Alcohol-free when out, now? If the driving explanation won’t wash (because I’m next door or something), I say, “Oh, it just wrecks my sleep/joints/skin.” That’s all true, and usually turns the conversation to the other person’s sleep/joints/skin problem. They’re bound to have one or another problem, and I’m genuinely happy to listen until we find something else to talk about.

  11. I wish to thank you for your time & advice in helping me see that alcohol is no good for me. I have widened my view & regard alcohol as a bad drug.
    I own a bar and now I see people differently after they have consumed alcohol and realise that alcohol made me a different person. I laugh with and listen to people with more interest now. I’m only 48 days in and I have promised myself to get to January. I still use a posh glass and drink AF fizzy wine and AF G&T
    But no talking rubbish, can deal with my taxing day ahead and I don’t feel ill. Thank you Kate, big hug

  12. I have drank vodka most nights for many years and what I worry about is the withdrawal symptoms because you get told you can’t just stop you need help

    1. Hi Chris, the best thing is to check with your doctor. They’re the only person who can really make an assessment here. They can let you know whether you need medical support to stop drinking.

  13. This was a great thing to hear right now! I listened to a few people last night defend their choice to drink while I just said I feel better without!

  14. What about your partner continuing to drink, that’s the hardest for me. Everything we do involves alcohol, and I have remained sober for lots but it’s hard.

  15. Two months in and not looking back. The relief is monumental! I am realizing how annoying and downright obnoxious drunk people can be!! No awareness of subtle cues or other people’s energetic boundaries…just barrelling through conversations with loud self-importance. I’m trying to maintain a sense of humor and gratitude that I am able to be present and aware with whomever I’m talking to. I pride myself on my sensitivity, and am recognizing that this incongruence between drunk me and sober me was a source of some of my morning after shame. Thank you, Kate, for your honesty, support and humor!!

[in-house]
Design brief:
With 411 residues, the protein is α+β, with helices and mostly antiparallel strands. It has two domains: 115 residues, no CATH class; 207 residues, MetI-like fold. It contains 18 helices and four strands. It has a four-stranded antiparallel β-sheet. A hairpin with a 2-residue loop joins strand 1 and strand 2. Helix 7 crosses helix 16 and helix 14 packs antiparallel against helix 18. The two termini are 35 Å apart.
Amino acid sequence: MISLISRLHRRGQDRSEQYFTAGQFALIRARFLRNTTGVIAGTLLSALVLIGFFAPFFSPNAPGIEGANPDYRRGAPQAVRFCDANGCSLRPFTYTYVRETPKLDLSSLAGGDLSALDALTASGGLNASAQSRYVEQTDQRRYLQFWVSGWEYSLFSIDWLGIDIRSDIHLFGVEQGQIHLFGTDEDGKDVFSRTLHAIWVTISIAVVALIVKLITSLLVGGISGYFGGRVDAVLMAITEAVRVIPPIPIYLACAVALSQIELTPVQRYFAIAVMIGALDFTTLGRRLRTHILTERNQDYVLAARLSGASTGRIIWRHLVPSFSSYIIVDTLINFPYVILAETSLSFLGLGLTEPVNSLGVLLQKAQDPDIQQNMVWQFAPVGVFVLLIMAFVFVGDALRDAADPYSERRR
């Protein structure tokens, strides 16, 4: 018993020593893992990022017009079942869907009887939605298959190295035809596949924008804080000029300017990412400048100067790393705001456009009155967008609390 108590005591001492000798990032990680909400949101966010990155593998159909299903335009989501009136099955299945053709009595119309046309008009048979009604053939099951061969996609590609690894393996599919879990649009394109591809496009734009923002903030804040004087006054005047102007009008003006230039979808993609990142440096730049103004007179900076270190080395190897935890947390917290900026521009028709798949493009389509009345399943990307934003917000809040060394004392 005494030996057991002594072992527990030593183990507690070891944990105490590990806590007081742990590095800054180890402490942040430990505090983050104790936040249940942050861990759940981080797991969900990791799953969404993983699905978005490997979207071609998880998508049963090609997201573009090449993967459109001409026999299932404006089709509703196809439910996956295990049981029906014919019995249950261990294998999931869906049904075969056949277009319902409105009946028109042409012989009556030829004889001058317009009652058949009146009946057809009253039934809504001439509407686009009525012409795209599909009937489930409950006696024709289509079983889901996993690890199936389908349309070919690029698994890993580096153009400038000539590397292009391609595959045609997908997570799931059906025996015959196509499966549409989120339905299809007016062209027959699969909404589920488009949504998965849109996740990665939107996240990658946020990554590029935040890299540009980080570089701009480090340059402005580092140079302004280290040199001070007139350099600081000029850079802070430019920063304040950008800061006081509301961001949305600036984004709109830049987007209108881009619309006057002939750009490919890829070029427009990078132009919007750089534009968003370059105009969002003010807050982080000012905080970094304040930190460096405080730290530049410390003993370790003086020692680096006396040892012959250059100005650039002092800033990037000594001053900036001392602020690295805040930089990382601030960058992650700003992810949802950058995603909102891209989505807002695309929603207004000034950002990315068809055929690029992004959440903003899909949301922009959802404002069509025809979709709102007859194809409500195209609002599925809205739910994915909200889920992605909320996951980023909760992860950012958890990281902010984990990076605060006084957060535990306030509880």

16. I am day 9 and really enjoying it. I have has a stressful fortnight but decided there was always an excuse not to stop so I went for it. My pattern is water and fruit at 4, then a glass of milk after dinner. I also got some nice soft drinks to fall back on. I want to get away from mindless drinking, it starts with one then before I know it I can’t remember conversations. My first full weekend was a worry but I stuck to my plan and really enjoyed myself. If I can just break the cycle of drinking because that’s what I’ve always done, then I’m taking a step in the right direction for my health and sanity.

  17. 90 days sober today! During the last 3 months I’ve attended a wedding, parties, dinners with friends and been on holiday. It has been a little annoying and outright ridiculous to notice that drink-free options are not always readily available, but the small inconvenience cannot even begin to compare to the sense of empowerment that I’m doing this for myself.
    I’ve noticed that big drinking friends on the whole do not want to discuss my reasons for quitting drinking. Like Kate says it takes time for people to adjust their perception and I am happy to share as much of as little at this point. My default answer if I get asked is that I got bored with drinking. Who wants to live their life in a perpetual Groundhog Day anyway? Surely that’s inferior to facing life sober?